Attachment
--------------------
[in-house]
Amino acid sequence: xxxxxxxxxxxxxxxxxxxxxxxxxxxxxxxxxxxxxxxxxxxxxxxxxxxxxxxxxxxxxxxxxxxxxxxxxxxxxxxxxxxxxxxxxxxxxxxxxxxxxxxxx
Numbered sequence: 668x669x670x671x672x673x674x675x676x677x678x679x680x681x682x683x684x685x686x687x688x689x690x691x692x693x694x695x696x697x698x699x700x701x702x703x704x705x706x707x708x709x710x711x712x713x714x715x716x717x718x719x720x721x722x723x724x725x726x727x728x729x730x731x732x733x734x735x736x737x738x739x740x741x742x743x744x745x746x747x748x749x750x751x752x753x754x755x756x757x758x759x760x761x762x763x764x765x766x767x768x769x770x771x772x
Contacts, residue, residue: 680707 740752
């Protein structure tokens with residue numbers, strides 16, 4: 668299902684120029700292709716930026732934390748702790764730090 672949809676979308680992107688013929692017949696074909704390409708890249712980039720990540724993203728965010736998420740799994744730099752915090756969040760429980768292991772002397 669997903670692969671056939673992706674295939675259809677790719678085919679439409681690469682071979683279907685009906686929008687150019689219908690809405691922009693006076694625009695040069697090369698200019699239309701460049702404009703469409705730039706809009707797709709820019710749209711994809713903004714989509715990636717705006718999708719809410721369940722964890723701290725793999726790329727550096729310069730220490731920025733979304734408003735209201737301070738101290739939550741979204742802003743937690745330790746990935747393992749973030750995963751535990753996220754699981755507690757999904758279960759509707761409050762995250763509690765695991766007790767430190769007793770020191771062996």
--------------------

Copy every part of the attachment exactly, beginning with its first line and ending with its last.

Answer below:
[in-house]
Amino acid sequence: xxxxxxxxxxxxxxxxxxxxxxxxxxxxxxxxxxxxxxxxxxxxxxxxxxxxxxxxxxxxxxxxxxxxxxxxxxxxxxxxxxxxxxxxxxxxxxxxxxxxxxxxx
Numbered sequence: 668x669x670x671x672x673x674x675x676x677x678x679x680x681x682x683x684x685x686x687x688x689x690x691x692x693x694x695x696x697x698x699x700x701x702x703x704x705x706x707x708x709x710x711x712x713x714x715x716x717x718x719x720x721x722x723x724x725x726x727x728x729x730x731x732x733x734x735x736x737x738x739x740x741x742x743x744x745x746x747x748x749x750x751x752x753x754x755x756x757x758x759x760x761x762x763x764x765x766x767x768x769x770x771x772x
Contacts, residue, residue: 680707 740752
């Protein structure tokens with residue numbers, strides 16, 4: 668299902684120029700292709716930026732934390748702790764730090 672949809676979308680992107688013929692017949696074909704390409708890249712980039720990540724993203728965010736998420740799994744730099752915090756969040760429980768292991772002397 669997903670692969671056939673992706674295939675259809677790719678085919679439409681690469682071979683279907685009906686929008687150019689219908690809405691922009693006076694625009695040069697090369698200019699239309701460049702404009703469409705730039706809009707797709709820019710749209711994809713903004714989509715990636717705006718999708719809410721369940722964890723701290725793999726790329727550096729310069730220490731920025733979304734408003735209201737301070738101290739939550741979204742802003743937690745330790746990935747393992749973030750995963751535990753996220754699981755507690757999904758279960759509707761409050762995250763509690765695991766007790767430190769007793770020191771062996």